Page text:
There just happened to be a classic Georgian mansion on upper State Street that would be perfect, what with its imposing four storied brick stature highlighted by four white pillars.  Two sisters had supposedly built the house for a sorority, which went depression-broke before the girls could rent it, so the ladies moved into it themselves.  The story was that almost every Greek group on campus had tried to rent it but the sisters always turned them down.  It seemed hopeless but we Tri-Gams felt nothing ventured, nothing gained, and decided to take a shot.  A committee chaired by brother Chuck Wyckoff was designated to contact the old-maid siblings.

 Maturity and ability paid off for Chuck who came back with the good news that the owners would consider renting to us "older guys".   Seems the two had been living in separate sections of the huge house for twenty years, which made negotiations difficult.  The executive committee finally got together with them and a lease was drawn up for us to occupy 57 E State in the fall of 1951 was signed.  That house, with additions, is still the chapter house, now in the twenty first century.   

The problem was, the old place needed repairs and painting badly, had no furniture and, of course, we had no money.  An appeal to the alums got enough donated to get the restoration off the ground and having gained some professional painting experience, when still a teen', I agreed to arrive a month early that fall to supervise the paint project.  Many of the brothers and pledges that didn't have to work all summer joined in and the plans were laid. 


 Every one showed up in early August and we worked, around the clock, until school started.  Here are seven actives and pledges working just on the outside. We sanded, primed and re-enameled four stories of windows with French frames, fireplaces, doors inside and out.  Inside, we refinished the elegant Cherry-wood staircase to the second floor.  We painted all the walls in the house, which had never been painted and the bare plaster soaked up gallon after gallon of paint.  Having the paint store just across the street became most convenient.  The work was very hot in the summer heat of Southern Ohio but, when it was done, the result was nothing short of majestic.  Some 24 actives moved in as school started.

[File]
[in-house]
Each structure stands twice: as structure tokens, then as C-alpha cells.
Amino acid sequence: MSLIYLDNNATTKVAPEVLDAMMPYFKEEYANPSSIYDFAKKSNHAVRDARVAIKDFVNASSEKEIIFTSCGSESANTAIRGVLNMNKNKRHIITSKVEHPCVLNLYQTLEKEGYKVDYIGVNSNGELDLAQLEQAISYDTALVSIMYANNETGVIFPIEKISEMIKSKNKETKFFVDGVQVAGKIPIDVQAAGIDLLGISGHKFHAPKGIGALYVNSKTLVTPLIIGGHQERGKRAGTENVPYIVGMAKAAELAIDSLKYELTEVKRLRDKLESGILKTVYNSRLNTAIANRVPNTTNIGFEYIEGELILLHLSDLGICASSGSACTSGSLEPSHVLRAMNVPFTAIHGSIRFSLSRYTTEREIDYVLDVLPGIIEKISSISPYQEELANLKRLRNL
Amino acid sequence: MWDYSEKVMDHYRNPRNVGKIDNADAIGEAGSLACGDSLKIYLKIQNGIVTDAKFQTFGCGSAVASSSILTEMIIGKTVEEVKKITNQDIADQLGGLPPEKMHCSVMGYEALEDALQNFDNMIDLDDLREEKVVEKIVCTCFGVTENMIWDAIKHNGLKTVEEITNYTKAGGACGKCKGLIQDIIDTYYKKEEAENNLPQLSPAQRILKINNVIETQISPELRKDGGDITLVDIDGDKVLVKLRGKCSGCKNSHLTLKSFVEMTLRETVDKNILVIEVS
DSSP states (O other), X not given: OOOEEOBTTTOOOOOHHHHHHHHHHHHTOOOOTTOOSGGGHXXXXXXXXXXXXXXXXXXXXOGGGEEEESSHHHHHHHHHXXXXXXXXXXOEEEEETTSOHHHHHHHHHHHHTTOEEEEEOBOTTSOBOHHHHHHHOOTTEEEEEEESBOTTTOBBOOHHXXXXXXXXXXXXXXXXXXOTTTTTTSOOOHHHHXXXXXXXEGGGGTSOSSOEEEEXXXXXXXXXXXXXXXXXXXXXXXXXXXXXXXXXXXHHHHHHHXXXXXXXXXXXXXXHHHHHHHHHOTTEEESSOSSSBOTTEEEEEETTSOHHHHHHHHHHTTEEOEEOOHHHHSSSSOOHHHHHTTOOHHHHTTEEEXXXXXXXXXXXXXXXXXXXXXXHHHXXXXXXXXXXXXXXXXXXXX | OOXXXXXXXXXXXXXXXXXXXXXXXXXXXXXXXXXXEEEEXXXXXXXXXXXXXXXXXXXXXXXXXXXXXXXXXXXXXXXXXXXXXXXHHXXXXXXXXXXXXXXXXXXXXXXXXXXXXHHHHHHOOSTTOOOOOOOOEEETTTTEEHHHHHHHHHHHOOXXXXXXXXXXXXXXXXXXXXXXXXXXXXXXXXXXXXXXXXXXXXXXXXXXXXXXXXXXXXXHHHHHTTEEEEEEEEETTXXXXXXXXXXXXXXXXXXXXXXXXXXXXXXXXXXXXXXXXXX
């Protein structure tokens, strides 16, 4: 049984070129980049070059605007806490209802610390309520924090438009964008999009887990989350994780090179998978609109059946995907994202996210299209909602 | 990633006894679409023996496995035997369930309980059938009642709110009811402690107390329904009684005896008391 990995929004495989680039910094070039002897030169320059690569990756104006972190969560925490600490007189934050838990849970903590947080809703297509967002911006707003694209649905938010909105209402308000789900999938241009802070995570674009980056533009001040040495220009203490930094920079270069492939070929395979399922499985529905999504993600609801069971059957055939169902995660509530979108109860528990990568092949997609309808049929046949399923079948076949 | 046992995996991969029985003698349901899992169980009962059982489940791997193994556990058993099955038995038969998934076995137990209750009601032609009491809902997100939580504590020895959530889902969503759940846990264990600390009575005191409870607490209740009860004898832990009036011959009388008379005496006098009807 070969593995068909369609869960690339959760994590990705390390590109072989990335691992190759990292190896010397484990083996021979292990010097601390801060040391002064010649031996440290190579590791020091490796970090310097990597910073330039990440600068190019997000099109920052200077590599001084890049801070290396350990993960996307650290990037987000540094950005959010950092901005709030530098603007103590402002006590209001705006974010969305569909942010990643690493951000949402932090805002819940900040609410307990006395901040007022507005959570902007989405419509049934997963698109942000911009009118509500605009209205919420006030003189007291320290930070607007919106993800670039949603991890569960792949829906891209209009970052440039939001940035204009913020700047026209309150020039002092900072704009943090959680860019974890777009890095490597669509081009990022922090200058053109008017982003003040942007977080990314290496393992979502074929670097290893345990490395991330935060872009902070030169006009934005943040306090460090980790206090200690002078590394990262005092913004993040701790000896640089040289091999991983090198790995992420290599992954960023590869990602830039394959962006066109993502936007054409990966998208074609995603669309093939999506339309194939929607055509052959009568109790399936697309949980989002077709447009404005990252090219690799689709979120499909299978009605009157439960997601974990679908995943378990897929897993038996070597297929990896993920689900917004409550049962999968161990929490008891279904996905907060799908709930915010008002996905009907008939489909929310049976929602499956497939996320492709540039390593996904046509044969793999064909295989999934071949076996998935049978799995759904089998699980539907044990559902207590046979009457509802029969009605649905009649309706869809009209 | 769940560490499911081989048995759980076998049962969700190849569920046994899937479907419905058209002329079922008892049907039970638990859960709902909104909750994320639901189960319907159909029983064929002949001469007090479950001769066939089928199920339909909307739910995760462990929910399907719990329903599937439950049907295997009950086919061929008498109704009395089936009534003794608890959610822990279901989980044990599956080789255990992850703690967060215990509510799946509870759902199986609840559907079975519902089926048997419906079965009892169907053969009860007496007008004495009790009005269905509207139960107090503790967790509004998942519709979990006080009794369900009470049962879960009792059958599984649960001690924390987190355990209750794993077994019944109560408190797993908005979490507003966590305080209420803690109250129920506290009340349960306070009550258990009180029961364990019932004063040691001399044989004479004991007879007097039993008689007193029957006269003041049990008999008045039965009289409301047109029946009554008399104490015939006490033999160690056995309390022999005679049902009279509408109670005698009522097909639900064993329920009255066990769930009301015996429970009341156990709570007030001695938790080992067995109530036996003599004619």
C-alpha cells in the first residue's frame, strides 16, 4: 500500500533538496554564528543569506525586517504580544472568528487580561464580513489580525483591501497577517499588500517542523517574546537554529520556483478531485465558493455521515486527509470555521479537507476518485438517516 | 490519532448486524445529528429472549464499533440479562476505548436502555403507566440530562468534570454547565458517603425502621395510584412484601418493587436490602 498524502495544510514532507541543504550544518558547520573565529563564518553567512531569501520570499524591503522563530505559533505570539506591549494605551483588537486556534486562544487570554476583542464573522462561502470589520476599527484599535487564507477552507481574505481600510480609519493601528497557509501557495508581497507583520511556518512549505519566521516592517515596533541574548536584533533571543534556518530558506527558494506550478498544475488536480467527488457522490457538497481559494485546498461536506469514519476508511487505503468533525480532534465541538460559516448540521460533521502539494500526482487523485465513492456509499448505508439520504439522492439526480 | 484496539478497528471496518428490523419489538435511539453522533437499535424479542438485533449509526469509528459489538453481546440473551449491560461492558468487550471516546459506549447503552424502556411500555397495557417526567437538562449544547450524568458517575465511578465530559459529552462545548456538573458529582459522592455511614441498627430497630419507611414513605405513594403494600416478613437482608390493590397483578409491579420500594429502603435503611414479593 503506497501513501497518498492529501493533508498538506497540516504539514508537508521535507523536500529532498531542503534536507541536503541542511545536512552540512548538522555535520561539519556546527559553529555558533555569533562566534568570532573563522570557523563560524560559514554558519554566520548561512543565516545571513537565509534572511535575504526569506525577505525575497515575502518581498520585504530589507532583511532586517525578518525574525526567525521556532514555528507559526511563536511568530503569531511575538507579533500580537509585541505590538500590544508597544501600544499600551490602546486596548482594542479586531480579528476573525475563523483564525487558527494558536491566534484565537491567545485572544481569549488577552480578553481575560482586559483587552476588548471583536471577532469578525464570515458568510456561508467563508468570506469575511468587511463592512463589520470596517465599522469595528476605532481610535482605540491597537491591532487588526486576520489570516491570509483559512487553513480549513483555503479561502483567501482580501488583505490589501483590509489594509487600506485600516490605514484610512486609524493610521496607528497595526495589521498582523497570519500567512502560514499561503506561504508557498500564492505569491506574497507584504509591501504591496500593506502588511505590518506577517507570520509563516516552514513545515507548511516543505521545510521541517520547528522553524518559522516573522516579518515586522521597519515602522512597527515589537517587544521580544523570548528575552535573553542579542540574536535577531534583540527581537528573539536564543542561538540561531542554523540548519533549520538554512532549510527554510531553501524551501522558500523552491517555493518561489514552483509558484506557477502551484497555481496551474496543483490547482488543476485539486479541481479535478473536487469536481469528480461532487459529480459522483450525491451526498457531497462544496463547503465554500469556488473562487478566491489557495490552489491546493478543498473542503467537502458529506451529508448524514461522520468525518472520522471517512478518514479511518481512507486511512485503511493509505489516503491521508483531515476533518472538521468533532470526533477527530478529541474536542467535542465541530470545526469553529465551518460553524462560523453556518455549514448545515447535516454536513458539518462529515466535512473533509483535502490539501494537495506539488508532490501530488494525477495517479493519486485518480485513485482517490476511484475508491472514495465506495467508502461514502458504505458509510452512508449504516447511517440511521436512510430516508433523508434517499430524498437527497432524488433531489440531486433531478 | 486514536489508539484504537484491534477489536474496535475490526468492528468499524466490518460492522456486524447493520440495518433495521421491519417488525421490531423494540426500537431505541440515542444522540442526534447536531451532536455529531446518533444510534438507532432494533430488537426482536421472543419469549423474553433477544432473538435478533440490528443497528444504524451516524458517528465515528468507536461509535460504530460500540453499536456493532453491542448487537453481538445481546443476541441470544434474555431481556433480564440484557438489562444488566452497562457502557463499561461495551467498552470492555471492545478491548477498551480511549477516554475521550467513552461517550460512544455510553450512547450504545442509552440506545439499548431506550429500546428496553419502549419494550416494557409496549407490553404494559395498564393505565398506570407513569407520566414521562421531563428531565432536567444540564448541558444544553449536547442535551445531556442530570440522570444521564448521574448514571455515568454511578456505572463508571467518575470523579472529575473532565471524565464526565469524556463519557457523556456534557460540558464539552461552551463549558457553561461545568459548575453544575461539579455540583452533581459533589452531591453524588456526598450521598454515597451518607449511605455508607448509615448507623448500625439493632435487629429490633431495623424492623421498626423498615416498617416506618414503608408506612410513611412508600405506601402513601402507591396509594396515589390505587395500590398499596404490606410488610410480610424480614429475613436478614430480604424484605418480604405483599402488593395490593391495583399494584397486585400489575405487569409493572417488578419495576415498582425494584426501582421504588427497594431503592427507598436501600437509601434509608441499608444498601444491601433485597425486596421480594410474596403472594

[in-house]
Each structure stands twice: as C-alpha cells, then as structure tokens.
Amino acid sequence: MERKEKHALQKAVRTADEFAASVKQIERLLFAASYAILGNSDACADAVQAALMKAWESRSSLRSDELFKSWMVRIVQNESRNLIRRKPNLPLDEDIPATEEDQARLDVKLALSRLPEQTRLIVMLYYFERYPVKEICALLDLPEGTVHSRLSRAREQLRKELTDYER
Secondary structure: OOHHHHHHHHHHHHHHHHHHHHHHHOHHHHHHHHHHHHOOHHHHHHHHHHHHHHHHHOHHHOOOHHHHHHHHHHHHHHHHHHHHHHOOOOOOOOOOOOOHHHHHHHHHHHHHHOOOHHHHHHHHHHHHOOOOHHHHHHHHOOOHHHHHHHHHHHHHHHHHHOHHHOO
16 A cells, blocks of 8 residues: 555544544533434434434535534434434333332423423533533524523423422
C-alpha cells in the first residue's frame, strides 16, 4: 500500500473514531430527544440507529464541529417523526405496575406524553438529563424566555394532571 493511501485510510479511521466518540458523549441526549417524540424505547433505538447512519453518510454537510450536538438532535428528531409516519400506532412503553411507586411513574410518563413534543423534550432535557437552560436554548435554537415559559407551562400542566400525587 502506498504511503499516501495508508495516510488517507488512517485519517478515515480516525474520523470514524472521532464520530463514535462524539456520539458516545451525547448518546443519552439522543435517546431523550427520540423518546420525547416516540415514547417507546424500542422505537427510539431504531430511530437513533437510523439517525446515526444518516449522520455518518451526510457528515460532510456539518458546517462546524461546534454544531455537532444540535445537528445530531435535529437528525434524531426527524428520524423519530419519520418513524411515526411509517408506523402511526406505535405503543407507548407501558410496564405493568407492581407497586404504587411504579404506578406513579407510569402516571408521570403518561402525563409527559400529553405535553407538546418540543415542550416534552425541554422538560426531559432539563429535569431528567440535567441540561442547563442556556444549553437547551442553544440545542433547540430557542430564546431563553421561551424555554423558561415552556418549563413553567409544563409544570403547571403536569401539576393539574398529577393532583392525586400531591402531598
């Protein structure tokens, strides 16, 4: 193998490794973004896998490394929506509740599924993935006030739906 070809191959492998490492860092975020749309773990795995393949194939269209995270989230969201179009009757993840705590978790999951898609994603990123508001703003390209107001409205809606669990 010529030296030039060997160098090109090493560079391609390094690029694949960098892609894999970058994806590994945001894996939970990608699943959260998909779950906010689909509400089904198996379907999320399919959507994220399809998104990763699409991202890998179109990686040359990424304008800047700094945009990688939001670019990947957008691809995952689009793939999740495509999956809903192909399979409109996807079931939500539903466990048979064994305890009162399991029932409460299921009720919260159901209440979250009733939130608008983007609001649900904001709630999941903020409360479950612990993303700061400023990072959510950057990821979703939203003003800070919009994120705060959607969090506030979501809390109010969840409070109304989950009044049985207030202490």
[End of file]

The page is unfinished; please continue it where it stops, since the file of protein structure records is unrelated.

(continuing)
The entire Greek population at O. U. was stunned, returning that September to discover this "new" castle, with the four huge white pillars standing shoulders above almost every existing fraternity house on campus.  The fraternity "dream house" had been taken over by those "party boys", from that upstart "local", who called themselves the Tri-Gams!  But it was only the tip of the iceberg.

 That December we got the house all spruced up and decorated it to host our first "Winter Formal".  It was the first big event in the new house and was a smashing hit, providing the perfect way to showcase our new quarters for the college community.  We had "arrived"!

 Before long, Brother Bill Cook volunteered to start a boarding club at the house and we endorsed it wholeheartedly.  Bill did everything, outfitting the old garage as a dining room, building the kitchen, lining up the waiters and buying the food.  We served two meals a day, lunch and dinner, and many just caught breakfast at the snack-shop on the corner.  The food was reasonable, wholesome and provided warm fellowship for all the brothers, including many who didn't live in the house but chose to eat with us residents.  The old garage was fixed up nicely and doubled as the Chapter Room for our weekly fraternity meetings as well.

 Hard to forget was the night Bill Cook went to great lengths to detail how he had just made a big wholesale deal with Smuckers for all our jams.  Many of us had never heard of the company at that time.  I told Bill at the 50th reunion, I still thought of him every day.  I explained that whenever the NBC Today Show does the weather forecast, the Smuckers commercials remind me of that night and the scores of peanut butter and Smuckers sandwiches I enjoyed at our club.  Another humorous venture was ordering a hundred hot dogs, which arrived as 100 cases!  We ate hotdogs every day for a long time, in one recipe or another, courtesy of the creativity of Bill and our lady chef.


Next: The Founding Fathers